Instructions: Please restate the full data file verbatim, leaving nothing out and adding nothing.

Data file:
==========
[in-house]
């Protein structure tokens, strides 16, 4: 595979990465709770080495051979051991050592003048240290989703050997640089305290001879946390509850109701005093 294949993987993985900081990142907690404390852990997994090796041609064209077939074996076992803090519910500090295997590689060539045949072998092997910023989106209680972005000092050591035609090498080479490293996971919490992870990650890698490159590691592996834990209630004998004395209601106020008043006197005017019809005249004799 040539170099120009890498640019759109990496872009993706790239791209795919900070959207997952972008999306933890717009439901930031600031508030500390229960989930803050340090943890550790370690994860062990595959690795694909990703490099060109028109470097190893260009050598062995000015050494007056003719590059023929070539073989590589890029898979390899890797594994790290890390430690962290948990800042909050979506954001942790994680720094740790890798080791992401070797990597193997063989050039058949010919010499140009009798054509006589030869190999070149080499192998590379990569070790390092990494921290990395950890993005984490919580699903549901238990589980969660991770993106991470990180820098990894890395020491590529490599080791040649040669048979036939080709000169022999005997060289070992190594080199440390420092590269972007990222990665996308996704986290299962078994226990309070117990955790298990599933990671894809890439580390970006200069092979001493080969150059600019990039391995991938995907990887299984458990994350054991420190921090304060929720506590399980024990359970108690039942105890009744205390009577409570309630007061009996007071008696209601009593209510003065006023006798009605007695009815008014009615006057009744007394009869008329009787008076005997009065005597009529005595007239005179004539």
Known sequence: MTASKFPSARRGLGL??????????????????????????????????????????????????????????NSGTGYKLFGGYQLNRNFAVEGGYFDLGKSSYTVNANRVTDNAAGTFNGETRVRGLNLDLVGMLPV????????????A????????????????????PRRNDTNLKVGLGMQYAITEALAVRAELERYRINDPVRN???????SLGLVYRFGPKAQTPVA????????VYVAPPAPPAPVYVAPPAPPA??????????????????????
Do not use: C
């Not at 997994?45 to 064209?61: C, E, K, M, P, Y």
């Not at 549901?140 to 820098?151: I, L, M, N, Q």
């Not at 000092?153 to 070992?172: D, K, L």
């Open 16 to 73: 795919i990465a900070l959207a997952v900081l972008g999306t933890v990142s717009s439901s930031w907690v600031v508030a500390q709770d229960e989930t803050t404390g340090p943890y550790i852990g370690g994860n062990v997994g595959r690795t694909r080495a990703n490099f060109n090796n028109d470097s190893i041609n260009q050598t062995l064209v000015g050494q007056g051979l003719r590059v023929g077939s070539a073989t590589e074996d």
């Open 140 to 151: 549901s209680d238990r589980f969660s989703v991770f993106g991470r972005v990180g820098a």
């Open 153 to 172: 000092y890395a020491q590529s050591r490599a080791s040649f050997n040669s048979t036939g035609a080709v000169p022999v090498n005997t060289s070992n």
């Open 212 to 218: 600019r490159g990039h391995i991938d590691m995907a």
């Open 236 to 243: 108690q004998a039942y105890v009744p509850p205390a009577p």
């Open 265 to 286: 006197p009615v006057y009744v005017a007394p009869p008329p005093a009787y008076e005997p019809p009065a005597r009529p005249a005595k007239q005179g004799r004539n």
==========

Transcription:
[in-house]
């Protein structure tokens, strides 16, 4: 595979990465709770080495051979051991050592003048240290989703050997640089305290001879946390509850109701005093 294949993987993985900081990142907690404390852990997994090796041609064209077939074996076992803090519910500090295997590689060539045949072998092997910023989106209680972005000092050591035609090498080479490293996971919490992870990650890698490159590691592996834990209630004998004395209601106020008043006197005017019809005249004799 040539170099120009890498640019759109990496872009993706790239791209795919900070959207997952972008999306933890717009439901930031600031508030500390229960989930803050340090943890550790370690994860062990595959690795694909990703490099060109028109470097190893260009050598062995000015050494007056003719590059023929070539073989590589890029898979390899890797594994790290890390430690962290948990800042909050979506954001942790994680720094740790890798080791992401070797990597193997063989050039058949010919010499140009009798054509006589030869190999070149080499192998590379990569070790390092990494921290990395950890993005984490919580699903549901238990589980969660991770993106991470990180820098990894890395020491590529490599080791040649040669048979036939080709000169022999005997060289070992190594080199440390420092590269972007990222990665996308996704986290299962078994226990309070117990955790298990599933990671894809890439580390970006200069092979001493080969150059600019990039391995991938995907990887299984458990994350054991420190921090304060929720506590399980024990359970108690039942105890009744205390009577409570309630007061009996007071008696209601009593209510003065006023006798009605007695009815008014009615006057009744007394009869008329009787008076005997009065005597009529005595007239005179004539």
Known sequence: MTASKFPSARRGLGL??????????????????????????????????????????????????????????NSGTGYKLFGGYQLNRNFAVEGGYFDLGKSSYTVNANRVTDNAAGTFNGETRVRGLNLDLVGMLPV????????????A????????????????????PRRNDTNLKVGLGMQYAITEALAVRAELERYRINDPVRN???????SLGLVYRFGPKAQTPVA????????VYVAPPAPPAPVYVAPPAPPA??????????????????????
Do not use: C
């Not at 997994?45 to 064209?61: C, E, K, M, P, Y």
């Not at 549901?140 to 820098?151: I, L, M, N, Q």
């Not at 000092?153 to 070992?172: D, K, L």
């Open 16 to 73: 795919i990465a900070l959207a997952v900081l972008g999306t933890v990142s717009s439901s930031w907690v600031v508030a500390q709770d229960e989930t803050t404390g340090p943890y550790i852990g370690g994860n062990v997994g595959r690795t694909r080495a990703n490099f060109n090796n028109d470097s190893i041609n260009q050598t062995l064209v000015g050494q007056g051979l003719r590059v023929g077939s070539a073989t590589e074996d």
């Open 140 to 151: 549901s209680d238990r589980f969660s989703v991770f993106g991470r972005v990180g820098a």
């Open 153 to 172: 000092y890395a020491q590529s050591r490599a080791s040649f050997n040669s048979t036939g035609a080709v000169p022999v090498n005997t060289s070992n």
């Open 212 to 218: 600019r490159g990039h391995i991938d590691m995907a």
């Open 236 to 243: 108690q004998a039942y105890v009744p509850p205390a009577p």
């Open 265 to 286: 006197p009615v006057y009744v005017a007394p009869p008329p005093a009787y008076e005997p019809p009065a005597r009529p005249a005595k007239q005179g004799r004539n």